The new Samsung+ app will rescue you from your parents’ incessant tech questions

Sometimes you just hit a dead end in troubleshooting what’s going on with your phone. You’ve tried everything you can think of, but no dice. For tech-savvy users this may be messing with carrier settings or navigating file menus, for the less-digitally inclined it might be connecting a pair of bluetooth headphones.

Samsung is updating its Samsung+ app to a new 3.0 version, with features aimed at helping people navigate their Galaxy phones and tablets to get issues resolved in a quick, personalized manner.

Samsung Assist is by far the coolest feature upgrade in the updated app. Say you’re live chatting with support and just have no idea what they’re asking you to do. You can actually just ask them to do it themselves through remote access. You’ll have to give them a one-off code over a secure connection to establish the access and then give them verbal permission each time they do something like change a setting. Your phone can be flashing through setting screens all while a real human Samsung remote assistant is walking you through what exactly they’re doing. Unfortunately, this feature is only available at the moment on new GS7 devices.

Samsung+ 3.0_Active Help

Samsung detailed that most of the inquiries fed to live support at the moment were in relation with wifi or bluetooth issues, things that were often resolved by navigating a few settings screens and then hitting a toggle. It definitely seems like the phone is geared towards either new Samsung users or more likely less tech-savvy older phone users.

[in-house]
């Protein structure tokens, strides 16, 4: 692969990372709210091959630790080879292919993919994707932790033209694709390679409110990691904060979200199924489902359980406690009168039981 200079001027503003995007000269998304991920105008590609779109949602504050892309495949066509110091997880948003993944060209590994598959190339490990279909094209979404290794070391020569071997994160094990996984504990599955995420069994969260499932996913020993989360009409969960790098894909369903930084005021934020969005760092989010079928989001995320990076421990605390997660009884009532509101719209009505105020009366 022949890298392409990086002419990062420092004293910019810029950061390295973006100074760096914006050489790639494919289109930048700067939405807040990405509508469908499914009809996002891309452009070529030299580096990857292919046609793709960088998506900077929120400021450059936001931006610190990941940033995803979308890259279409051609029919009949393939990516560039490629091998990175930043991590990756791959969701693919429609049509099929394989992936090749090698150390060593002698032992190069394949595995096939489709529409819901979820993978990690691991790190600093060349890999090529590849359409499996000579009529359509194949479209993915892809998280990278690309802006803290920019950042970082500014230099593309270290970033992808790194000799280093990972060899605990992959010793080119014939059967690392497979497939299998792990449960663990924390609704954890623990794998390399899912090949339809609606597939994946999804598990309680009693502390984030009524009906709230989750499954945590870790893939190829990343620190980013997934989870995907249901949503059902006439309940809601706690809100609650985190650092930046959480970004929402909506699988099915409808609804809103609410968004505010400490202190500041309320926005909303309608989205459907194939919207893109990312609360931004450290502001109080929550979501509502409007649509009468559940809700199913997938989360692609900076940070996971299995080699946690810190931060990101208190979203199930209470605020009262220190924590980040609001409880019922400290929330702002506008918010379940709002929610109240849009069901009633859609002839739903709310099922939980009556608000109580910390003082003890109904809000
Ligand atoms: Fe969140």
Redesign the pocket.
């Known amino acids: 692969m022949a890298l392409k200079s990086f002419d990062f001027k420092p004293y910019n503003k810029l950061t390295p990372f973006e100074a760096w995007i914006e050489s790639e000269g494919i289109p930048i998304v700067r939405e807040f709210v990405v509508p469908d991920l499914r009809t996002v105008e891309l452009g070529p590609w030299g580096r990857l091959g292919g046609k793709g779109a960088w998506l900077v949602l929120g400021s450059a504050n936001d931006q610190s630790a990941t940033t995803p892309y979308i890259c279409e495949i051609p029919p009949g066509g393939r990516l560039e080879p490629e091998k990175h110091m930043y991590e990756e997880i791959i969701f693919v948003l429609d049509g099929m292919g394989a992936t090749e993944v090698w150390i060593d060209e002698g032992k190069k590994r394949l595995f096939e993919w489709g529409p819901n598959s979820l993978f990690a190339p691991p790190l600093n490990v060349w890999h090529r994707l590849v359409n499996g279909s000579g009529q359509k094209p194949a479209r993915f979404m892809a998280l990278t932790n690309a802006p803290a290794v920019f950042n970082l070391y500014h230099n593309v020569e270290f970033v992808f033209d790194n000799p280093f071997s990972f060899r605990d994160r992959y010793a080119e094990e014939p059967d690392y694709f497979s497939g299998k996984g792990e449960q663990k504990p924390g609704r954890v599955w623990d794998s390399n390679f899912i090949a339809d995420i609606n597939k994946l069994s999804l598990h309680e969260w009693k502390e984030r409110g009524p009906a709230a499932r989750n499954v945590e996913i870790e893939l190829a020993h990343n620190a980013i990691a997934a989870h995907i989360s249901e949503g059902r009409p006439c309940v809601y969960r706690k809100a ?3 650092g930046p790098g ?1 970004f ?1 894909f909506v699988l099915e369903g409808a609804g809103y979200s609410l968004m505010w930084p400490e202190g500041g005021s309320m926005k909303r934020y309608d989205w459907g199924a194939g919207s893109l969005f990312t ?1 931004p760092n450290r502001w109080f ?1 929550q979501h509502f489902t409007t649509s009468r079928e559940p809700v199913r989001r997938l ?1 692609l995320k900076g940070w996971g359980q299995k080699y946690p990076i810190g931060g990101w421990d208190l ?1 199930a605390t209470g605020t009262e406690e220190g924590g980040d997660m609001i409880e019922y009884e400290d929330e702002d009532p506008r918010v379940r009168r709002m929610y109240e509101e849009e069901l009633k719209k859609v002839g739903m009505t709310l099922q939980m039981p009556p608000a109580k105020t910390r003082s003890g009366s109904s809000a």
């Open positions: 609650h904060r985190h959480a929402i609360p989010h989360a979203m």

Samsung Assist was surprisingly snappy from end to end in the demo, but time will tell when the updated 3.0 service launches whether people will be getting tossed to a hold line. For what I would imagine is a majority of users, it makes sense for the most common phone issues to be rectified by consulting a digital assistant versus making a video call to a real human, but there are a lot of customers who Samsung+ makes a ton of sense for.

One of the unique things about the app is that its suggestions and tips change with the life of your phone. Visit the app on the second day of owning your phone and you’ll have some relevant guides on setting up your notification preferences or importing contacts, then perhaps on day 25 of owning the Galaxy phone you’ll hear about space saving or battery saving tips. On that note, the app also includes a diagnostic feature that can inform you of what you could be doing to speed up your phone, save battery life or otherwise make it better.

Overall the app’s new interface is really focused on being more personalized. You can register separate devices from your phone to your tablet to your… fridge. And Samsung will switch up the app’s home screen with relevant guides and tips accordingly.

The app’s a little bloated, there’s a good deal of “Galaxy Life” branded lifestyle content that I can’t imagine will ever be meaningfully viewed, read or used by 99.8% of the people who download the app. Instead it serves as a hub for PR content which I imagine is designed to give the app less of “Use this app when your Galaxy is wonking out” vibe. The app also has a moderated community section for user generated forums, which I’m sure some people will use occasionally when they don’t feel like spamming a real person with questions. There’s also an On Demand Answers section for people just looking to browse some FAQs.

I remember helping my grandma set up a laptop a couple years ago. Routine seems like the best way to show someone how to navigate a new piece of tech so I labeled all the different icons “use this for the internet,” “check e-mails” etc. etc. All of this worked great until some website upgraded their interface then everything went to shit. Samsung+ is mainly great for solving small problems, but even the smallest issues can keep some people from using their devices at all. With Samsung Assist there’s nothing left to be lost in translation and provided users aren’t going to be paranoid about giving remote access to their phones (which is far from a given) this could be a major step in getting certain Galaxy owners more comfortable on the platform.

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